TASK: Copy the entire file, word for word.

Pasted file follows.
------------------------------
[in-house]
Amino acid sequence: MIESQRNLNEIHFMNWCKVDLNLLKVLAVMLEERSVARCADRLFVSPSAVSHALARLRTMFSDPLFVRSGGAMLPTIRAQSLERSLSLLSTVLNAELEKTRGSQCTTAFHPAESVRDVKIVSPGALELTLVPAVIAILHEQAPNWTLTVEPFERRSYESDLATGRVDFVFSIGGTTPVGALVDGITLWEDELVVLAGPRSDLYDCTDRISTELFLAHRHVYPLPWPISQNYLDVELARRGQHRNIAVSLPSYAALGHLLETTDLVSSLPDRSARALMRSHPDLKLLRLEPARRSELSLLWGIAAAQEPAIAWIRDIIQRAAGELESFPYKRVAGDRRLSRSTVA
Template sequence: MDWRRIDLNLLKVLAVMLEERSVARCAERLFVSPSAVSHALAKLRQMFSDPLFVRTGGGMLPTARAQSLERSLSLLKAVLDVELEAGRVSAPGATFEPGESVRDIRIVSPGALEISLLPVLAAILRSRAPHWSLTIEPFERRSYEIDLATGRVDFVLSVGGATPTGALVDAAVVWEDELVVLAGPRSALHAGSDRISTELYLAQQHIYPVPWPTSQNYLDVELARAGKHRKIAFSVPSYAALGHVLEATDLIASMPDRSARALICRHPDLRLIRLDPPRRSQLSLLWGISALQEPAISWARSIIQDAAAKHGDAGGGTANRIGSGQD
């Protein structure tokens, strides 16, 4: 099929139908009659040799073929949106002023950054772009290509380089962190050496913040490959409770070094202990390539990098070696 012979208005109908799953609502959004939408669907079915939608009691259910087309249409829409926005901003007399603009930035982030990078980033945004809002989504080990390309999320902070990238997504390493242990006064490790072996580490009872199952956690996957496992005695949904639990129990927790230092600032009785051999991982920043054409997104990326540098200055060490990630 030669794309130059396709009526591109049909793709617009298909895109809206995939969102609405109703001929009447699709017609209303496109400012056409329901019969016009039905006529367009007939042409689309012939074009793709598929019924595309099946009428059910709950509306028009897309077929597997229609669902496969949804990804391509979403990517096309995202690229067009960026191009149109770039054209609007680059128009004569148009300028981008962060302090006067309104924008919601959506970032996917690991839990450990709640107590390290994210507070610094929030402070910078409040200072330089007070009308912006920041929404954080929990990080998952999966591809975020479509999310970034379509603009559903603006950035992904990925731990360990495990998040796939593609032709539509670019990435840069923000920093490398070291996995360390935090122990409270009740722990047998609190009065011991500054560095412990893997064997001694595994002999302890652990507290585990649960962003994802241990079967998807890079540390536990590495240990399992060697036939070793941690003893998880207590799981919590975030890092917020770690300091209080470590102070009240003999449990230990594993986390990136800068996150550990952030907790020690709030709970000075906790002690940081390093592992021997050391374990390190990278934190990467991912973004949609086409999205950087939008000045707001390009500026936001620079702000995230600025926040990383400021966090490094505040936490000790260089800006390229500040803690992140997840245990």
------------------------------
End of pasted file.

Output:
[in-house]
Amino acid sequence: MIESQRNLNEIHFMNWCKVDLNLLKVLAVMLEERSVARCADRLFVSPSAVSHALARLRTMFSDPLFVRSGGAMLPTIRAQSLERSLSLLSTVLNAELEKTRGSQCTTAFHPAESVRDVKIVSPGALELTLVPAVIAILHEQAPNWTLTVEPFERRSYESDLATGRVDFVFSIGGTTPVGALVDGITLWEDELVVLAGPRSDLYDCTDRISTELFLAHRHVYPLPWPISQNYLDVELARRGQHRNIAVSLPSYAALGHLLETTDLVSSLPDRSARALMRSHPDLKLLRLEPARRSELSLLWGIAAAQEPAIAWIRDIIQRAAGELESFPYKRVAGDRRLSRSTVA
Template sequence: MDWRRIDLNLLKVLAVMLEERSVARCAERLFVSPSAVSHALAKLRQMFSDPLFVRTGGGMLPTARAQSLERSLSLLKAVLDVELEAGRVSAPGATFEPGESVRDIRIVSPGALEISLLPVLAAILRSRAPHWSLTIEPFERRSYEIDLATGRVDFVLSVGGATPTGALVDAAVVWEDELVVLAGPRSALHAGSDRISTELYLAQQHIYPVPWPTSQNYLDVELARAGKHRKIAFSVPSYAALGHVLEATDLIASMPDRSARALICRHPDLRLIRLDPPRRSQLSLLWGISALQEPAISWARSIIQDAAAKHGDAGGGTANRIGSGQD
């Protein structure tokens, strides 16, 4: 099929139908009659040799073929949106002023950054772009290509380089962190050496913040490959409770070094202990390539990098070696 012979208005109908799953609502959004939408669907079915939608009691259910087309249409829409926005901003007399603009930035982030990078980033945004809002989504080990390309999320902070990238997504390493242990006064490790072996580490009872199952956690996957496992005695949904639990129990927790230092600032009785051999991982920043054409997104990326540098200055060490990630 030669794309130059396709009526591109049909793709617009298909895109809206995939969102609405109703001929009447699709017609209303496109400012056409329901019969016009039905006529367009007939042409689309012939074009793709598929019924595309099946009428059910709950509306028009897309077929597997229609669902496969949804990804391509979403990517096309995202690229067009960026191009149109770039054209609007680059128009004569148009300028981008962060302090006067309104924008919601959506970032996917690991839990450990709640107590390290994210507070610094929030402070910078409040200072330089007070009308912006920041929404954080929990990080998952999966591809975020479509999310970034379509603009559903603006950035992904990925731990360990495990998040796939593609032709539509670019990435840069923000920093490398070291996995360390935090122990409270009740722990047998609190009065011991500054560095412990893997064997001694595994002999302890652990507290585990649960962003994802241990079967998807890079540390536990590495240990399992060697036939070793941690003893998880207590799981919590975030890092917020770690300091209080470590102070009240003999449990230990594993986390990136800068996150550990952030907790020690709030709970000075906790002690940081390093592992021997050391374990390190990278934190990467991912973004949609086409999205950087939008000045707001390009500026936001620079702000995230600025926040990383400021966090490094505040936490000790260089800006390229500040803690992140997840245990």